The case of O'Hanlon v HMRC resolves the confusion over whether disabled employees are entitled to more sick pay than their non-disabled colleagues.   Mrs O'Hanlon argued that she was off sick from work as a result of her disability and was therefore substantially disadvantaged.  She claimed that her employers should make the "reasonable adjustment" of paying her full pay when absent, rather than the rather smaller sum that she was entitled to under standard HMRC policy.
 
While the EAT did not rule out the possibility of a disabled person receiving more sick pay they say that it would be a "very rare case indeed" where it was appropriate.  The EAT said that there was a very strong economic case for not giving disabled employees full pay when off work sick and went on to state that the purpose of the Disability Discrimination Act is "to recognise the dignity of the disabled and to require modifications which will enable them to play full part in the world of work ... it is not to treat them as objects of charity."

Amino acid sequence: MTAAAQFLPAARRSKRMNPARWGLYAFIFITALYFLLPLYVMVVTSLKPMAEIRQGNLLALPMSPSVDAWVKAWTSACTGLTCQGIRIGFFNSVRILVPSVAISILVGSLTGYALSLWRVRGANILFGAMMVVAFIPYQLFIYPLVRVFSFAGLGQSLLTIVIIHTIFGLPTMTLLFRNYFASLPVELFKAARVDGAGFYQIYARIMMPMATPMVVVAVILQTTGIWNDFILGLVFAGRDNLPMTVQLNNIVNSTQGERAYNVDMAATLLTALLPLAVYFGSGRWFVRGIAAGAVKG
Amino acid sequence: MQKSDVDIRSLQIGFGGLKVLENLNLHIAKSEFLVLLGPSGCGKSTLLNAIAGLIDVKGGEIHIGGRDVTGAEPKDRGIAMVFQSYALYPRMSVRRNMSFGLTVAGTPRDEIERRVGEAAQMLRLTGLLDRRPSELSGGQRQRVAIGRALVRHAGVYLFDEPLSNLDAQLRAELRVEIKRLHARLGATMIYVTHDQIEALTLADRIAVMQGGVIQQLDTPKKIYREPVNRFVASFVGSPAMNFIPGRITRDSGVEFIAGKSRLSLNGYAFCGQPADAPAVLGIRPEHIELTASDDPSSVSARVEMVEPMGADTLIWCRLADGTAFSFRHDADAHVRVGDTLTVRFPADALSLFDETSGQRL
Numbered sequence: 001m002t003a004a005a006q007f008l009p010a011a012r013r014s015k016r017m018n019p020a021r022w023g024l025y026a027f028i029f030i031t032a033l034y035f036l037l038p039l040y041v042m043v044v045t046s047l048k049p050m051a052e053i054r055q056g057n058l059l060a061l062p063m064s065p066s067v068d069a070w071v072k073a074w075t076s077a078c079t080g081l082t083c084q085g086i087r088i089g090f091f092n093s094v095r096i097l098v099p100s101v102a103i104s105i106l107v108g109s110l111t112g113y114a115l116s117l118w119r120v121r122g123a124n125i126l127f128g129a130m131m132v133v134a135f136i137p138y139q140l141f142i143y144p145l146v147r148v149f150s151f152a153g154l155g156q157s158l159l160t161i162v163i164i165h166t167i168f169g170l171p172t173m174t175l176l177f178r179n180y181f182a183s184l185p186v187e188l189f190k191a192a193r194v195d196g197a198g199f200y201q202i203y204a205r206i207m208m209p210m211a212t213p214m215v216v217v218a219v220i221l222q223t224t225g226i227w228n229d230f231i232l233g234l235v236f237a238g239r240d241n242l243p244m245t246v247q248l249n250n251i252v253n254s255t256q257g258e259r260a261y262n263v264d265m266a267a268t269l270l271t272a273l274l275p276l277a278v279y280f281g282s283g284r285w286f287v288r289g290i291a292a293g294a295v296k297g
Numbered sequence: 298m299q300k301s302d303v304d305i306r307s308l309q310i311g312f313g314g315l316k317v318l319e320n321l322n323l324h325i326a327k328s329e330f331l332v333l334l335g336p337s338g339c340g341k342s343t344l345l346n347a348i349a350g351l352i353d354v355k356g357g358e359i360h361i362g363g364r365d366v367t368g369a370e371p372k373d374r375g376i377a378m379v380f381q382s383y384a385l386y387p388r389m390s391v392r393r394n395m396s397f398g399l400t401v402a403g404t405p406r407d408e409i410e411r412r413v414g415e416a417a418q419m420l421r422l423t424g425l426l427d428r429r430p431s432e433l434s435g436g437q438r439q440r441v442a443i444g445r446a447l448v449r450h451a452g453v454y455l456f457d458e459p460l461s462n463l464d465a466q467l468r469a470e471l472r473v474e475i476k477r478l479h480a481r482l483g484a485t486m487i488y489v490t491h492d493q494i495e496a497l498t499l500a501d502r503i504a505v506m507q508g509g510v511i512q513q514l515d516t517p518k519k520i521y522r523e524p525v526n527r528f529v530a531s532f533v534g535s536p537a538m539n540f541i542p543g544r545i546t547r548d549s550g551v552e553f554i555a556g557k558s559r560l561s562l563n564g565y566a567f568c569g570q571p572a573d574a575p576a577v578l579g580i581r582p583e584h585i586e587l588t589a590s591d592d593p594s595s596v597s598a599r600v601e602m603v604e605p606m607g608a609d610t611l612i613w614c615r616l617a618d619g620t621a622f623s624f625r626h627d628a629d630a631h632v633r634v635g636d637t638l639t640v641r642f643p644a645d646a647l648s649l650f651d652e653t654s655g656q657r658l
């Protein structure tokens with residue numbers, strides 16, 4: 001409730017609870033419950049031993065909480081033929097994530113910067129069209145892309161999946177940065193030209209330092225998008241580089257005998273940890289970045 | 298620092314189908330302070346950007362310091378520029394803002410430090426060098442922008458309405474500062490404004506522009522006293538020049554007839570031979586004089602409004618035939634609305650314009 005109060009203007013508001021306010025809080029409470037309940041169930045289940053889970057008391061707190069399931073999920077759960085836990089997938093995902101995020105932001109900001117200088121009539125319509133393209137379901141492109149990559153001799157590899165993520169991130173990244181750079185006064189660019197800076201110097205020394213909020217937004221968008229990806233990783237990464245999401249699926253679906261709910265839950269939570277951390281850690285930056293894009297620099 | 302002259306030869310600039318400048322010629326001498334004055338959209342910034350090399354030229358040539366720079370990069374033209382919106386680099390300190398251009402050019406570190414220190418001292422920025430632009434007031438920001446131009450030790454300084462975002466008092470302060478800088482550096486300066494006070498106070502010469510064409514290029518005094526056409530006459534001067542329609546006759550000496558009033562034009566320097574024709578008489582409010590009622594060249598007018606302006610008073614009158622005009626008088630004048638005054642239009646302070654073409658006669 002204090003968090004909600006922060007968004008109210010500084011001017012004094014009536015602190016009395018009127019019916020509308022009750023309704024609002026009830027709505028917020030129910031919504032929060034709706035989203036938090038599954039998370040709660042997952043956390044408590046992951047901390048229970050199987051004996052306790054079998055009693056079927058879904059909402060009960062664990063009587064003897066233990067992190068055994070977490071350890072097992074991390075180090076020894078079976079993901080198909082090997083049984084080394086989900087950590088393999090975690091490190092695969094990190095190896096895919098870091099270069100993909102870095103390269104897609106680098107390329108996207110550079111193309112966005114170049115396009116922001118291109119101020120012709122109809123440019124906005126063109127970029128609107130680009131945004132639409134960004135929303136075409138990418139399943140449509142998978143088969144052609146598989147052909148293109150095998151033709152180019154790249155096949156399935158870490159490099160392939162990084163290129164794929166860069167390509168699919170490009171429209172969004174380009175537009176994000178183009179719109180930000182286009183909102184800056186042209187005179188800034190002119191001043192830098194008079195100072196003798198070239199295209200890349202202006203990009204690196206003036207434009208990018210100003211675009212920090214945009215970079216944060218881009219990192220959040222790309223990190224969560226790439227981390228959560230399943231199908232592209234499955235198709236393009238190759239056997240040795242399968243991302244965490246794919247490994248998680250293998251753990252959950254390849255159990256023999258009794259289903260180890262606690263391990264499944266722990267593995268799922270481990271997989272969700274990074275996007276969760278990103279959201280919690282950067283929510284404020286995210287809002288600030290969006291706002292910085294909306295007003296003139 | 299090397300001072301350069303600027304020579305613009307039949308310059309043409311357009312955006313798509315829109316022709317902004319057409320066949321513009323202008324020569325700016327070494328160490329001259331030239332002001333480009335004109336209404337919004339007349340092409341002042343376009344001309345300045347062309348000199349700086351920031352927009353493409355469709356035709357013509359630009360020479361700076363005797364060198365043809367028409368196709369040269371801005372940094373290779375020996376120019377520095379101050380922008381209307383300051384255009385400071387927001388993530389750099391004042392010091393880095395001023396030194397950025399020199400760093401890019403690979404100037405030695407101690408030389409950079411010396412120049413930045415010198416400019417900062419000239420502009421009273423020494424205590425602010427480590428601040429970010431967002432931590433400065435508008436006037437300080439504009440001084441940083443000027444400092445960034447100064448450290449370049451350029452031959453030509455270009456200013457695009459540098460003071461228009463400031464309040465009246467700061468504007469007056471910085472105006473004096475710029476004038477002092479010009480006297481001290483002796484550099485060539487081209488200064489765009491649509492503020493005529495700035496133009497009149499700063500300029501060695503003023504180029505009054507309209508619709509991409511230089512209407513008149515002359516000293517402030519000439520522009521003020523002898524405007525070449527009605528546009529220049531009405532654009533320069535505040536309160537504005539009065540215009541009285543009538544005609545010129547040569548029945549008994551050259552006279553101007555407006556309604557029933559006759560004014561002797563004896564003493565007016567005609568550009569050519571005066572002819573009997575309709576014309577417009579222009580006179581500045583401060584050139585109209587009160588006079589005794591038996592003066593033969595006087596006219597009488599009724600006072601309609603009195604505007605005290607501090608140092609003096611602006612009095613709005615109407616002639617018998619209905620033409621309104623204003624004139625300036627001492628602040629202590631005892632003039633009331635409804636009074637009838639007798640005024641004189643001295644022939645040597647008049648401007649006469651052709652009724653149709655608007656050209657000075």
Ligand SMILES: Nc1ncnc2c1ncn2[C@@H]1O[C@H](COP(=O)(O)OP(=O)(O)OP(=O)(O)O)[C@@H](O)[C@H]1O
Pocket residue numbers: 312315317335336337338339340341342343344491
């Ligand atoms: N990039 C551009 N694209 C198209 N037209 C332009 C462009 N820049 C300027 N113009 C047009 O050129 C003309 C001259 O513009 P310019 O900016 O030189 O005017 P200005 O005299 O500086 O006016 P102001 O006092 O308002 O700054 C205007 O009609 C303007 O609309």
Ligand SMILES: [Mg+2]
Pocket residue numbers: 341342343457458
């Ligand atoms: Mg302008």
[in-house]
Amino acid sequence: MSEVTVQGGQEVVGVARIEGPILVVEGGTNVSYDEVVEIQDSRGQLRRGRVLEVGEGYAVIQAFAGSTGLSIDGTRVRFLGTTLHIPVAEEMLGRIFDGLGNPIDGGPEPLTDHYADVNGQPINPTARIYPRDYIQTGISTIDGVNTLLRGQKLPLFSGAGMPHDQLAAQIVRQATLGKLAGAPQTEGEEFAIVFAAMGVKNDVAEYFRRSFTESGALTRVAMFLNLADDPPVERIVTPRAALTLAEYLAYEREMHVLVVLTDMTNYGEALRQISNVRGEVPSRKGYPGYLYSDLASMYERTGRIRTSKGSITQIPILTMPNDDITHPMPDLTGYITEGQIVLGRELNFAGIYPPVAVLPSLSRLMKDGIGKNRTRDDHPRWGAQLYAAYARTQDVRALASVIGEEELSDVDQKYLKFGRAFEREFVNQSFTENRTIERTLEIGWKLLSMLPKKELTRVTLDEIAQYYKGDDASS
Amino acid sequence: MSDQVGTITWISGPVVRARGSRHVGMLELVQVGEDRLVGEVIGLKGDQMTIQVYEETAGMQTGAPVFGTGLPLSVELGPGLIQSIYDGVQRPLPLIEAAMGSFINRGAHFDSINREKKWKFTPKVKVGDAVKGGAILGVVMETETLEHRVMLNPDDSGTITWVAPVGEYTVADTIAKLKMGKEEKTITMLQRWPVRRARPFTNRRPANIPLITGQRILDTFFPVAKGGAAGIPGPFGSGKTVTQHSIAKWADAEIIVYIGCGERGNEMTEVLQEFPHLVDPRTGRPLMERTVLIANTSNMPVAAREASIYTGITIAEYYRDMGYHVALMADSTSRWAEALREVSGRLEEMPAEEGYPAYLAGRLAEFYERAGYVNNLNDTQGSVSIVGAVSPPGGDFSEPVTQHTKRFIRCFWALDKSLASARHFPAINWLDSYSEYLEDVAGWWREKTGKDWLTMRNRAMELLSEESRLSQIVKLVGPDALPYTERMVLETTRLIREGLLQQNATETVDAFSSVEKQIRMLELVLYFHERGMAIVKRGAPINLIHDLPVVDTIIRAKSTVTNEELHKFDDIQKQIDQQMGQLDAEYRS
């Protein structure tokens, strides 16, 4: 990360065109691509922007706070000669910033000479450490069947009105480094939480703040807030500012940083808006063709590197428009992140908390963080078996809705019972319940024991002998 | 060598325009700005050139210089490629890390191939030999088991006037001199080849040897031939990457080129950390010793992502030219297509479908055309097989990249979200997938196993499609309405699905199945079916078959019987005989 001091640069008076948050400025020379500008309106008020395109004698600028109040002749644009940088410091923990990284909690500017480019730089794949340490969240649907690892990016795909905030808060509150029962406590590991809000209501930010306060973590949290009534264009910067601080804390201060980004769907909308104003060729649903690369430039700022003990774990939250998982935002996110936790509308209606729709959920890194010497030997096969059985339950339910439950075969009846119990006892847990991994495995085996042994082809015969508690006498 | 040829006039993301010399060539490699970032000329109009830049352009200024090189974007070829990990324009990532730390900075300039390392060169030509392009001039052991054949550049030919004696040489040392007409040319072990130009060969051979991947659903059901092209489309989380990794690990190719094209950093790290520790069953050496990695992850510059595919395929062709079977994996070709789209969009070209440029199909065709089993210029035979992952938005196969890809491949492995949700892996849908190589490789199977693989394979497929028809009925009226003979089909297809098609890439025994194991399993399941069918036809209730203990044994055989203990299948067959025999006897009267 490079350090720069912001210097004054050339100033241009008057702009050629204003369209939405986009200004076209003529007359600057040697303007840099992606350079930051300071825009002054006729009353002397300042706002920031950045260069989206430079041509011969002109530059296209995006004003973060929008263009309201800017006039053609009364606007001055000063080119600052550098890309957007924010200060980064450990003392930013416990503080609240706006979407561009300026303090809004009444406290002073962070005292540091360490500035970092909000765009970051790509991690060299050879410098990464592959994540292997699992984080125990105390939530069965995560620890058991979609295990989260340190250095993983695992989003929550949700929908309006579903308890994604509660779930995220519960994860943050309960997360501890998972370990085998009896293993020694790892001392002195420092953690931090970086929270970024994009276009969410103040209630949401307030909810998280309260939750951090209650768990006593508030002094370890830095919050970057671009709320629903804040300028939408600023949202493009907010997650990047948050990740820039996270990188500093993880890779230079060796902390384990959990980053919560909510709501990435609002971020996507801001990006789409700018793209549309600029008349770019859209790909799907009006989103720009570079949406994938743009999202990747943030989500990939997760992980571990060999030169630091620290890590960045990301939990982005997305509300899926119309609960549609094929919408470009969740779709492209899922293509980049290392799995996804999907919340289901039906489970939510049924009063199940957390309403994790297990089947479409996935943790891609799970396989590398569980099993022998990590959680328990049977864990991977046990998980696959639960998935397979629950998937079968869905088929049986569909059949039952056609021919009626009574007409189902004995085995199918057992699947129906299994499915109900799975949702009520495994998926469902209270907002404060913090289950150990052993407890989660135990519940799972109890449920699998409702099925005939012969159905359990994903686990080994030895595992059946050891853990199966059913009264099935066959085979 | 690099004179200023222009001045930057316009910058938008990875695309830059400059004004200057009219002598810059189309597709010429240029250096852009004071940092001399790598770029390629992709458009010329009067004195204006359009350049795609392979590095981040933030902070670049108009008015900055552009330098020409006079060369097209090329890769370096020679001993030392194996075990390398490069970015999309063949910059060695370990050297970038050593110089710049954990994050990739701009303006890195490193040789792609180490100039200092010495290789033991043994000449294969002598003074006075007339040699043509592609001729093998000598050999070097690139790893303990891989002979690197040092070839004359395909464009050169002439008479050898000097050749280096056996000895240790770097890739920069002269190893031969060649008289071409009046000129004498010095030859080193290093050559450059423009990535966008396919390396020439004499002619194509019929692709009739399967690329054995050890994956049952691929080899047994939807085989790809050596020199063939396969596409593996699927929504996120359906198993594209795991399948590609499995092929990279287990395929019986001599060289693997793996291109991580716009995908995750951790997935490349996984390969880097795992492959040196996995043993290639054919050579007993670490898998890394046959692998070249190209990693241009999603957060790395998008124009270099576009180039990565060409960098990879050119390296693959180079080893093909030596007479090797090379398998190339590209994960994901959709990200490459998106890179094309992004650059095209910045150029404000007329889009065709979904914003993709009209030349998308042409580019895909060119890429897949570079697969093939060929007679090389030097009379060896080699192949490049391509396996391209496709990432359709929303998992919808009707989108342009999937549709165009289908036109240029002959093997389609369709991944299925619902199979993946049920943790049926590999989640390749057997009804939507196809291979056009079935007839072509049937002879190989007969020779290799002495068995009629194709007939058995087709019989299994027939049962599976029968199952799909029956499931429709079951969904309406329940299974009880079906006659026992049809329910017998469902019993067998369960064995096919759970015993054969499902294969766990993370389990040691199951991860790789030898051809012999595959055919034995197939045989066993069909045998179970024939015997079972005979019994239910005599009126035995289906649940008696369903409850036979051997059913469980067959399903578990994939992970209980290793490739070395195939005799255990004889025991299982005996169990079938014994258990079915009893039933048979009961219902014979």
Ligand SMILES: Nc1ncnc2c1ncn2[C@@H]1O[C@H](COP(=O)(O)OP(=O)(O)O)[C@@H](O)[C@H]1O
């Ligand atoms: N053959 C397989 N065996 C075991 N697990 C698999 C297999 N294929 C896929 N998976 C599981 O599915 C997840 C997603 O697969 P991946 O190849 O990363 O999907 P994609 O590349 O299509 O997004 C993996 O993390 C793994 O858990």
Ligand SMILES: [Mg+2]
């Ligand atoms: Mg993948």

Following this decision, it will now be extremely difficult for a disabled employee to claim a higher rate of sick pay than non-disabled employees, unless the employer itself caused the disabled employee to become sick (and therefore be absent) by failing to make other necessary reasonable adjustments under the DDA.

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